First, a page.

One of the big advantages of CBD (to those who aren’t interested in getting high) is that it isn’t psychoactive. It’s one of the factors that led to the legalization of hemp, and it’s a huge reason that CBD has garnered such mainstream success.
So what happens when people think they’re taking a CBD product…and end up getting high?
This is exactly what happened a few weeks ago to customers of Select CBD, and the fallout has been pretty spectacular.
Portland-based Select Cannabis (now owned by multistate marijuana operator Curaleaf Holdings) has two branches to its company. The CBD-only line and the THC-dominant line. These are kept fairly distinct when purchasing online (since THC products are not legal in many states). But when the news first hit a couple of weeks ago that Select had announced a recall of products – it became clear that perhaps the two substances were not kept quite as separate as might be hoped.
Complaints began to roll in to the Oregon Liquor and Cannabis Commission (OLCC) from customers who reported “paranoia,” “mind fog” and feeling “extremely high” after taking what were labeled as CBD drops. In short, these unsuspecting CBD users had taken a fairly hefty dose of THC and were not appreciative of the outcome.
After tracing the affected bottles of product, the problem seems to have been due to human error, according to Curaleaf. Workers at the company’s Portland manufacturing site confused a line of CBD products (with no THC) with a line of THC-dominant products.
“After our preliminary investigation, we believe this mistake occurred due to unintentional human error, Curaleaf said in a brief statement. “In response, we are improving quality assurance processes, including new warehouse organization protocols to ensure that this never happens again, and will conduct additional training with our production team this week and more regularly moving forward.”
At least four people so far have been admitted to emergency departments after taking Select's mislabeled CBD products.
It’s too early to know what penalties the company might face from the OLCC, but within two weeks of the company’s admission of responsibility, customers were already filing lawsuits.
Buying a THC-dominant product that has no THC in it is, obviously, a frustrating experience. But it pales in comparison to the experience of someone who has no intention or desire to experience the effects of THC when they accidentally get high. Especially when that person is in a fragile state of health.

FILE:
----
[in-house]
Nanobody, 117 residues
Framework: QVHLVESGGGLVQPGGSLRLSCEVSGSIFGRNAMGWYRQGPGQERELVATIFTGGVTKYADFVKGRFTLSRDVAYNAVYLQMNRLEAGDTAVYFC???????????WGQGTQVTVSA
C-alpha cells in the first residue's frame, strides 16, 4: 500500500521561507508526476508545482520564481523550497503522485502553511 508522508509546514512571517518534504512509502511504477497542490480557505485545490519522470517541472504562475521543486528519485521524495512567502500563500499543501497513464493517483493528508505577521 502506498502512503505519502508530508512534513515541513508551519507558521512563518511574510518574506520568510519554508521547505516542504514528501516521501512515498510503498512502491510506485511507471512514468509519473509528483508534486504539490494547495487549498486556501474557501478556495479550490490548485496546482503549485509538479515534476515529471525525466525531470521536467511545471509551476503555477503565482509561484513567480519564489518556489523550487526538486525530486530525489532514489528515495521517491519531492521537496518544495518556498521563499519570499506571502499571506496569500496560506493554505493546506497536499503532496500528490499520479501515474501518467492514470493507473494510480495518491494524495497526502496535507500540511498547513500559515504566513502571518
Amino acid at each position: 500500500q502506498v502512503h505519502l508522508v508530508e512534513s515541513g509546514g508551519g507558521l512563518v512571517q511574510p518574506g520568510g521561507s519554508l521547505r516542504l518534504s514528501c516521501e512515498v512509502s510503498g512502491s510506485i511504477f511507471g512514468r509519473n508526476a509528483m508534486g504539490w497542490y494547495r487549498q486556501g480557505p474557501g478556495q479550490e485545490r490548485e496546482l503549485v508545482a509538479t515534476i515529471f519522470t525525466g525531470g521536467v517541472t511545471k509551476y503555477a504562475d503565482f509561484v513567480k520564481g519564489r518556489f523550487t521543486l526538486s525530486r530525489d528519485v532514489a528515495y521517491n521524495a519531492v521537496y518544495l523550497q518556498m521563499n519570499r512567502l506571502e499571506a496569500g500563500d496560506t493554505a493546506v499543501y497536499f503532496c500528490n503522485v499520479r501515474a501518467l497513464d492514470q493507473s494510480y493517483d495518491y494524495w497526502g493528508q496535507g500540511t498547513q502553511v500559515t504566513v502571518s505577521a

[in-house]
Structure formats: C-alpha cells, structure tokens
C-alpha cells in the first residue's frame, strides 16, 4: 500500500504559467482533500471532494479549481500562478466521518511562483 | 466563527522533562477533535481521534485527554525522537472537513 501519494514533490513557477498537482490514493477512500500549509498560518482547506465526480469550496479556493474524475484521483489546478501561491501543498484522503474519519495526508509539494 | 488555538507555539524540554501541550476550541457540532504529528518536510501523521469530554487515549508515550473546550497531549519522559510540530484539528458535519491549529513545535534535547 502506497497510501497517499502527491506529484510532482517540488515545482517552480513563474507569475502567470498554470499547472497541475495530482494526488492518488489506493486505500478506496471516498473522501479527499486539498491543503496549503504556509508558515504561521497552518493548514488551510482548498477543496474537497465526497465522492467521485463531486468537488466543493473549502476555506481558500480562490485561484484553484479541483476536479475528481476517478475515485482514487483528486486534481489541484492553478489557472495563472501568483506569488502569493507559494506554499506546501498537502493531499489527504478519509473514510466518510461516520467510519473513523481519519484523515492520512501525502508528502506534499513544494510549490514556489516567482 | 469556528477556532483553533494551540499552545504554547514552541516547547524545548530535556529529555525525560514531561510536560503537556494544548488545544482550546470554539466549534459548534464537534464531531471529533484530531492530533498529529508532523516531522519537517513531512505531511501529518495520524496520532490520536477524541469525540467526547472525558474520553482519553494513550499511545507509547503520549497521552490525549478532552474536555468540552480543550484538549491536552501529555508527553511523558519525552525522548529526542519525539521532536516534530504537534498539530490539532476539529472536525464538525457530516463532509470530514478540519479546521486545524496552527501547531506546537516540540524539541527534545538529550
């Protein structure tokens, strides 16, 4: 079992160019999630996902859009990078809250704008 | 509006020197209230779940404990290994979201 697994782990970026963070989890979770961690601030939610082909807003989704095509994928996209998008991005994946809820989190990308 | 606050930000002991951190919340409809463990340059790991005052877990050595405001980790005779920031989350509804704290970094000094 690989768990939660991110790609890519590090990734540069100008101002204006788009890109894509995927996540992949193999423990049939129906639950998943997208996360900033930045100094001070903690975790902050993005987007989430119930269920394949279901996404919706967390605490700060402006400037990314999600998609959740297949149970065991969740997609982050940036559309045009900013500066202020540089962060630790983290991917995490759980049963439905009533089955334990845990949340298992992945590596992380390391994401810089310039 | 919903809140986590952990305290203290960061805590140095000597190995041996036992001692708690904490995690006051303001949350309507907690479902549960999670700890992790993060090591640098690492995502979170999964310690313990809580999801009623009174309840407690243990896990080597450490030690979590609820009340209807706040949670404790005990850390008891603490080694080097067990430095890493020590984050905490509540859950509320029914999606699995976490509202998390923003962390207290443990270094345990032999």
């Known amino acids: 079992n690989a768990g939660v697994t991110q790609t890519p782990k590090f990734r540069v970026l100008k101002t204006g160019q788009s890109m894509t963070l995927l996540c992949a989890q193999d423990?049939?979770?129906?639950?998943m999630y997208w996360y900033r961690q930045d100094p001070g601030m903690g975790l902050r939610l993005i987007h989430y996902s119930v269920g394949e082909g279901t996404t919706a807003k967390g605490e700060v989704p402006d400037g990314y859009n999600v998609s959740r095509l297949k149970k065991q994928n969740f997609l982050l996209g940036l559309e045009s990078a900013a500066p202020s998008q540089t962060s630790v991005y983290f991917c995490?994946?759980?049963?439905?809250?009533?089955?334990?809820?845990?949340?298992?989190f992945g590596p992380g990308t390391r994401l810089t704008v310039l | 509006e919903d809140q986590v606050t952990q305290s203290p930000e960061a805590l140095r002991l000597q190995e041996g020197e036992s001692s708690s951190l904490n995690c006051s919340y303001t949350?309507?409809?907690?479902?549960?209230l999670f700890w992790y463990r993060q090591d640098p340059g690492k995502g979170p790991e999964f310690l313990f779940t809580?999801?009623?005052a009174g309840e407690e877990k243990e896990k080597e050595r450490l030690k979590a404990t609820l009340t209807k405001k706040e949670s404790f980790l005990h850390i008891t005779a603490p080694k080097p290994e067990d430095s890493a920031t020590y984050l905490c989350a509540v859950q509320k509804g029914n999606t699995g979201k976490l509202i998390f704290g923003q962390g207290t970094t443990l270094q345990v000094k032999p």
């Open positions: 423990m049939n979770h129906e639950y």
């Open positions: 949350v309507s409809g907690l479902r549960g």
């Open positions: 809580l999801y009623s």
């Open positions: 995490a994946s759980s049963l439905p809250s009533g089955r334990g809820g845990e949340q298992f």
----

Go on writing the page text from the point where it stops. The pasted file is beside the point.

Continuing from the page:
One family, from Hillsboro, OR, is suing after three family members (a grandfather, an aunt, and a granddaughter) were exposed to the mislabeled THC drops. All three people experienced nausea, distress, and dizziness, but the grandfather, a 79-year-old man, had a reaction so severe that he was taken to the hospital and subjected to unnecessary surgery (under the assumption that he was having a stroke).
Add to that fact that another family member is in recovery and living in sobriety, and it’s clear that what may seem like a minor mix-up can have far-reaching effects for people sensitive to the effects of THC. According to the lawsuits, at least three people went to hospital emergency departments due to their adverse reactions.
Curaleaf is working with the OLCC to recall approximately 500 bottles of CBD-labeled drops (which contain THC) and 630 bottles of THC labeled drops (which consumers will find, to their disappointment, contain CBD, but no THC).
This is the first time a major mix-up like this has happened, and the repercussions will be costly for Curaleaf since each of the lawsuits seeks damages that add up to 1% of Curaleaf’s net worth.
All of this is adds up to bad news for a company that has already had its name sullied by scandal. The OLCC slammed Select Cannabis last year with a $110,000 “dishonest conduct” penalty for claiming its brand of vaping products contained “100% marijuana.”
But according to Curaleaf, they are working to make things right.
“The health and safety of our patients and customers remains our number one priority,” Curaleaf said. They are taking anyone who purchased the recalled bottles to contact the company at firstname.lastname@example.org.